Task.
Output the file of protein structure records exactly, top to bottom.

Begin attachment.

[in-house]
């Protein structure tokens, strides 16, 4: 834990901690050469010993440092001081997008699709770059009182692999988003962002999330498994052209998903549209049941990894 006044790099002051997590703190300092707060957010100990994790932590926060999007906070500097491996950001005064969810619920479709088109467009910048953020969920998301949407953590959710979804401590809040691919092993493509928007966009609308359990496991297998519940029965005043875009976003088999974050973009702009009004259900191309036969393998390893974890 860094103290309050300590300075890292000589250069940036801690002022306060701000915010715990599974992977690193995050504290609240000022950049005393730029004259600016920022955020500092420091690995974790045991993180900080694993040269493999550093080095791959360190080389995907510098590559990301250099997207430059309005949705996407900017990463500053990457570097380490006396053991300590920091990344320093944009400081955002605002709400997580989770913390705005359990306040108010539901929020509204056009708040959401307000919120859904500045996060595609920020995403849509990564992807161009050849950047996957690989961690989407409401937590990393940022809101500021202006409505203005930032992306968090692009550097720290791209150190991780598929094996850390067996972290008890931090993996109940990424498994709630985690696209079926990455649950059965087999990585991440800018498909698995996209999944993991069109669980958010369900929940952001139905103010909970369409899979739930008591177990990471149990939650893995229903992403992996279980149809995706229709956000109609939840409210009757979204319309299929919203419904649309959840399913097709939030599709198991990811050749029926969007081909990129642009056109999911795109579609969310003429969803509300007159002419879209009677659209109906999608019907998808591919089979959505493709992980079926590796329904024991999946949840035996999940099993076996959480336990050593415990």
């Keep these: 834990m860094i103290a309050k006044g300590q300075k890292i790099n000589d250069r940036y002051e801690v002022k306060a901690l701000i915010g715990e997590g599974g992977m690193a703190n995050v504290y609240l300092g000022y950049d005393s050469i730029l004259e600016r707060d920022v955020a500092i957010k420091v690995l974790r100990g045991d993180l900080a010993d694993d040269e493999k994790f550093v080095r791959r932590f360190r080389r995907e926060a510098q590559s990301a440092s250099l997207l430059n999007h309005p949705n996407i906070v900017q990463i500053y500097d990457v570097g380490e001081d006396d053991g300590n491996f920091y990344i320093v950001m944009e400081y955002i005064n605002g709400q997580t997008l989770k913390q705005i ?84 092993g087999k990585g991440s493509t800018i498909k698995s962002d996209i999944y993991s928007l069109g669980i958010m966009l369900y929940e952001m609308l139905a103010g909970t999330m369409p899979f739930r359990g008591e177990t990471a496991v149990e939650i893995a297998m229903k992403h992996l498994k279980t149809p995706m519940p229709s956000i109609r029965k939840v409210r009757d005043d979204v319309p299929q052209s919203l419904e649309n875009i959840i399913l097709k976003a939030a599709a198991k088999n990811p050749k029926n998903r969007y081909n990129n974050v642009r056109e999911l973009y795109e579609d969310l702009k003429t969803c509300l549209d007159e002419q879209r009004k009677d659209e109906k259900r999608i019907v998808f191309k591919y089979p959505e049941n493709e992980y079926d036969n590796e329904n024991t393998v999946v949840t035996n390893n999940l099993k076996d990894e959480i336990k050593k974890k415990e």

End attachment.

[in-house]
């Protein structure tokens, strides 16, 4: 834990901690050469010993440092001081997008699709770059009182692999988003962002999330498994052209998903549209049941990894 006044790099002051997590703190300092707060957010100990994790932590926060999007906070500097491996950001005064969810619920479709088109467009910048953020969920998301949407953590959710979804401590809040691919092993493509928007966009609308359990496991297998519940029965005043875009976003088999974050973009702009009004259900191309036969393998390893974890 860094103290309050300590300075890292000589250069940036801690002022306060701000915010715990599974992977690193995050504290609240000022950049005393730029004259600016920022955020500092420091690995974790045991993180900080694993040269493999550093080095791959360190080389995907510098590559990301250099997207430059309005949705996407900017990463500053990457570097380490006396053991300590920091990344320093944009400081955002605002709400997580989770913390705005359990306040108010539901929020509204056009708040959401307000919120859904500045996060595609920020995403849509990564992807161009050849950047996957690989961690989407409401937590990393940022809101500021202006409505203005930032992306968090692009550097720290791209150190991780598929094996850390067996972290008890931090993996109940990424498994709630985690696209079926990455649950059965087999990585991440800018498909698995996209999944993991069109669980958010369900929940952001139905103010909970369409899979739930008591177990990471149990939650893995229903992403992996279980149809995706229709956000109609939840409210009757979204319309299929919203419904649309959840399913097709939030599709198991990811050749029926969007081909990129642009056109999911795109579609969310003429969803509300007159002419879209009677659209109906999608019907998808591919089979959505493709992980079926590796329904024991999946949840035996999940099993076996959480336990050593415990």
């Keep these: 834990m860094i103290a309050k006044g300590q300075k890292i790099n000589d250069r940036y002051e801690v002022k306060a901690l701000i915010g715990e997590g599974g992977m690193a703190n995050v504290y609240l300092g000022y950049d005393s050469i730029l004259e600016r707060d920022v955020a500092i957010k420091v690995l974790r100990g045991d993180l900080a010993d694993d040269e493999k994790f550093v080095r791959r932590f360190r080389r995907e926060a510098q590559s990301a440092s250099l997207l430059n999007h309005p949705n996407i906070v900017q990463i500053y500097d990457v570097g380490e001081d006396d053991g300590n491996f920091y990344i320093v950001m944009e400081y955002i005064n605002g709400q997580t997008l989770k913390q705005i ?84 092993g087999k990585g991440s493509t800018i498909k698995s962002d996209i999944y993991s928007l069109g669980i958010m966009l369900y929940e952001m609308l139905a103010g909970t999330m369409p899979f739930r359990g008591e177990t990471a496991v149990e939650i893995a297998m229903k992403h992996l498994k279980t149809p995706m519940p229709s956000i109609r029965k939840v409210r009757d005043d979204v319309p299929q052209s919203l419904e649309n875009i959840i399913l097709k976003a939030a599709a198991k088999n990811p050749k029926n998903r969007y081909n990129n974050v642009r056109e999911l973009y795109e579609d969310l702009k003429t969803c509300l549209d007159e002419q879209r009004k009677d659209e109906k259900r999608i019907v998808f191309k591919y089979p959505e049941n493709e992980y079926d036969n590796e329904n024991t393998v999946v949840t035996n390893n999940l099993k076996d990894e959480i336990k050593k974890k415990e």